In 2007, the total economic cost of overactive bladder (OAB) in the U.S. alone was estimated to be almost $66 billion.1 By 2020 that number is predicted to rise to just over $82 billion1.
Despite this shocking statistic, the subject of OAB and women’s pelvic health in general remains shrouded in taboo.
Women’s health organization To Know is To Know (formerly the Women’s Health Foundation) has been raising awareness since 2004 as part of an effort to get women to talk more freely around the topic of pelvic health without a sense of stigma or embarrassment.
“Modern day society does not yet understand the connection between pelvic health and overall health,” says Missy Lavender, CEO of To Know is To Know’s parent company BelowYourBelt. “Yet for women, bladder problems can be incredibly distressing.”
Most recently, the organization unveiled a new video interview series discussing some of the most important topics surrounding women’s pelvic health.
Entitled ‘Start the Conversation’, the videos attempt to reach the “mother in the middle” – the generation of women aged between 35 and 55 years old. For these women, their pelvic health issues can coincide with those experienced by both their children and their mothers.
The videos feature some of the U.S.’s leading women’s health experts, including Dr. Linda Brubaker, urogynecologist at Loyola Medical Center, Dr. Jessica Shepherd, gynecologist at University of Illinois Chicago, and Dr. Sandy Hilton, pelvic floor physical therapist.
“We wanted to create something that was more engaging and productive than the awareness information already out there,” explains Lavender. “Even women in their 50s have a smartphone so presenting this information as short videos felt like a natural progression.”
Another advantage to using a video format is that is helps address the disconnect between what women watch and read, and what they like and share, says Lavender. “Video makes it possible to present something sensitive in a credible but more friendly and shareable fashion. That way, we can start to drive conversation about women’s pelvic health.”
Topics covered in the short, sharable clips include keeping the pelvic floor healthy, pregnancy and pelvic health and the most credible websites out there for women seeking information – all of which are relevant to women of all ages.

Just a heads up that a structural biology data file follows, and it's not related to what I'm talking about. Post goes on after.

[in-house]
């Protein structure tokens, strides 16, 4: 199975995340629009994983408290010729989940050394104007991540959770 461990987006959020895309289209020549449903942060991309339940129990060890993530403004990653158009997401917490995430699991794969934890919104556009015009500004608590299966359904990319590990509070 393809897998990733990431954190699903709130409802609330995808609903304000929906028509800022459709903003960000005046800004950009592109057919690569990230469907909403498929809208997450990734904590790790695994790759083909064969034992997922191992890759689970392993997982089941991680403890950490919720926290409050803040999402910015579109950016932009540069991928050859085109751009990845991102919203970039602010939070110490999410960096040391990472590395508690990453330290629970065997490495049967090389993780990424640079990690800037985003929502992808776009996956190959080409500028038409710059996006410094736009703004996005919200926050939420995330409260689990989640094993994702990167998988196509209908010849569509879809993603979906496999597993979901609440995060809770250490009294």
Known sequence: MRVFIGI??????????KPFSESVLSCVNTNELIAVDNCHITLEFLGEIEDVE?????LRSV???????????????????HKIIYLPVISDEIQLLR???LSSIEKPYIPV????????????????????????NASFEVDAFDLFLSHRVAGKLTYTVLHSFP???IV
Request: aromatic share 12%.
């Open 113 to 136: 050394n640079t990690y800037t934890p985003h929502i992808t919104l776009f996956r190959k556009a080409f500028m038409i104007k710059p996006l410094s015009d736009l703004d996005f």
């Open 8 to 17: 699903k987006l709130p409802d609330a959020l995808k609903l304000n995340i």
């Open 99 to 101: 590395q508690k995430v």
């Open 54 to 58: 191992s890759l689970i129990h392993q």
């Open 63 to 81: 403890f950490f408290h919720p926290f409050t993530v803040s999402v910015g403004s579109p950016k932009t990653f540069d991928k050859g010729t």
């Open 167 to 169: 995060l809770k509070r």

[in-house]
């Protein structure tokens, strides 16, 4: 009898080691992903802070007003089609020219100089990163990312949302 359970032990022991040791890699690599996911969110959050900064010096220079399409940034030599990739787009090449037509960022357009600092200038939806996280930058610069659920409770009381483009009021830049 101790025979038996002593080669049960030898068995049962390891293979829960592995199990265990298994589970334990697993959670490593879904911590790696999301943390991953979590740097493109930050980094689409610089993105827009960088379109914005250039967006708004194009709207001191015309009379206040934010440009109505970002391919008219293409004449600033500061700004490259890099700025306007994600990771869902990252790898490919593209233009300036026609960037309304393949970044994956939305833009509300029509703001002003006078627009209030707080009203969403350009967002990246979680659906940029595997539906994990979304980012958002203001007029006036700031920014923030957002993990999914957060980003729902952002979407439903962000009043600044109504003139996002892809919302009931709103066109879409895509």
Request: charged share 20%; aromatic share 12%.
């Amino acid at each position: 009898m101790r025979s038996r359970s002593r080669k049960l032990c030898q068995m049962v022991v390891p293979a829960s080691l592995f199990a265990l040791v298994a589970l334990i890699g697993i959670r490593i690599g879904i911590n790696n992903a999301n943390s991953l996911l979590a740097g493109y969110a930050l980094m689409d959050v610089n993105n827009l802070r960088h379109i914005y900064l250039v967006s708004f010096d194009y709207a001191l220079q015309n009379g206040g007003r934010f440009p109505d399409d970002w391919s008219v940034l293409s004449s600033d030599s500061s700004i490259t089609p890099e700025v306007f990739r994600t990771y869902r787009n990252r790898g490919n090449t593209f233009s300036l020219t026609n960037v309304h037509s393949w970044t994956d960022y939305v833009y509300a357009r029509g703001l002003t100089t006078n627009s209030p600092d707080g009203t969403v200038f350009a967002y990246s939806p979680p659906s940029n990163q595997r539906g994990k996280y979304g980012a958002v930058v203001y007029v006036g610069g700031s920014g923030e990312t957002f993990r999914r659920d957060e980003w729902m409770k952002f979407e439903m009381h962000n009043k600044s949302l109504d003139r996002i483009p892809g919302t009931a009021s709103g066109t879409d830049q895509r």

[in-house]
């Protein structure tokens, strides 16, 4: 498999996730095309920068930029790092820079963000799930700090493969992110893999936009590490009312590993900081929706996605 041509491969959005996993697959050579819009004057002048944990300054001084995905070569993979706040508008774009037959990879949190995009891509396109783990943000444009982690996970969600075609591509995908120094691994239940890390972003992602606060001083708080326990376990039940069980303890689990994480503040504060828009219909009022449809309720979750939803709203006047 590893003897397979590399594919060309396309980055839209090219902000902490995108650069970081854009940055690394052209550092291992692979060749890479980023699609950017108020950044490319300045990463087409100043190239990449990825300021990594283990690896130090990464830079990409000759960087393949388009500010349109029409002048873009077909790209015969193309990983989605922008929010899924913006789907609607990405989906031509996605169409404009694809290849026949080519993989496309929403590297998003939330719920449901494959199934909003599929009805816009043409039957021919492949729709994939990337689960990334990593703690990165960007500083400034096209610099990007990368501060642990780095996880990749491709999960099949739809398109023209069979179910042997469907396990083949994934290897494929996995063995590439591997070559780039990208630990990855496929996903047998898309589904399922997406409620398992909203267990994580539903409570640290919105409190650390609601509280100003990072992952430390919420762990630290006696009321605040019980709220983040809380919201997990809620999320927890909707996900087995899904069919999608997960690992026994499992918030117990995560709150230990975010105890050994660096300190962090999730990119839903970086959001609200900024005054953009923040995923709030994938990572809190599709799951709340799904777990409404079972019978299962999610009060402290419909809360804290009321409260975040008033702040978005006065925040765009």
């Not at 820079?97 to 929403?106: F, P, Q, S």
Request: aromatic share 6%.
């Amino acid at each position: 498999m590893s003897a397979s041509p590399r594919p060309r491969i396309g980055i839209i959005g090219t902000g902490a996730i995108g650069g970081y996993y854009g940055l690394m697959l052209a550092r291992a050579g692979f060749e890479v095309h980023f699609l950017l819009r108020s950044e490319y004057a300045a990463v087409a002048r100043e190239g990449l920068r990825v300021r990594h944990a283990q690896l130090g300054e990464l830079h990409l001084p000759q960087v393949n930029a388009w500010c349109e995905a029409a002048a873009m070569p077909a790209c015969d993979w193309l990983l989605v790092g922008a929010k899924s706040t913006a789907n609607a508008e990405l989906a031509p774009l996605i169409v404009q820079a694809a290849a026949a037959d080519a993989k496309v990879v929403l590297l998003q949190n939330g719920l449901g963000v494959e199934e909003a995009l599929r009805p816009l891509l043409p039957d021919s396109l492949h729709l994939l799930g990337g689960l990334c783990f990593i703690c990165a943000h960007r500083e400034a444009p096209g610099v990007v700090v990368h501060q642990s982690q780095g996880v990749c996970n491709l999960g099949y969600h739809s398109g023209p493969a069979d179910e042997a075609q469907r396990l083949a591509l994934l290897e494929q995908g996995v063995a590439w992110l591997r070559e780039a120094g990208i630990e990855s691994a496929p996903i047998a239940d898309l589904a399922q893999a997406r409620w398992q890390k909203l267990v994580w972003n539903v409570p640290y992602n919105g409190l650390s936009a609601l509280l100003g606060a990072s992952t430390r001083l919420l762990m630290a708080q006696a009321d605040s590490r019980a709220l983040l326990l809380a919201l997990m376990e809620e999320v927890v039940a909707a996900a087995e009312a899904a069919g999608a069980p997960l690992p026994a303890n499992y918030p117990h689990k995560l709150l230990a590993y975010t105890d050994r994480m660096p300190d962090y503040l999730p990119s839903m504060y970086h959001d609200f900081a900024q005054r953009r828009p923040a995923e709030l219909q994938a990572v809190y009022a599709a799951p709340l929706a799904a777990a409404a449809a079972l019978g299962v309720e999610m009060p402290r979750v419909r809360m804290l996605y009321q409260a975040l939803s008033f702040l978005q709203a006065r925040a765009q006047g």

For Lavender, the core aim of the campaign is to get women talking to each other about their issues. “No dialogue about these issues is when problems arise. If you have an issue you’re not sure about, talk to your doctor and don’t stop until you get it sorted.”
The first seven videos of the series have already been published, with another three on the way. The next video, entitled ‘Don’t take it for granted’ will be released June 22. “I would absolutely recommend this approach to other patient advocacy organizations,” Lavender explains. “Bladder conditions and pelvic health are a part of a woman’s life, but shouldn’t be something that people settle for. Keep asking.”
The videos will be featured on the Below Your Belt website, their social media channels and in their e-newsletters. Below is the complete schedule of topics and experts:
|Below Your Belt video release schedule||Video title|
|2/4/17||Dr. Sandy Hilton: What exactly is my pelvic floor anyway?|
|3/17/17||Dr. Jessica Shepherd: Most credible health websites|
|4/11/17||Dr. Linda Brubaker: Lessons learned|
|4/27/17||Dr. Jessica Shepherd: How do I keep my pelvic floor healthy?|
|5/11/17||Dr. Linda Brubaker: Pregnancy|
|5/25/17||Dr. Sandy Hilton: Advice for a 12 year old|
|6/8/17||Dr. Jessica Shepherd: Pregnancy recovery|
|6/22/17||Dr. Linda Brubaker: Don’t take it for granted|
|7/6/17||Dr. Jessica Shepherd: Anatomy 101|
|7/13/17||Dr. Sandy Hilton: Will I ever feel better?|
1Michael Ganz, Amy Smalarz, Tracey Krupski, Jennifer Anger, Jim Hu, Kim Wittrup-Jensen, and Chris Pashos. “Economic costs of overactive bladder in the United States.” Urology, 75:3 (2010): 526-532.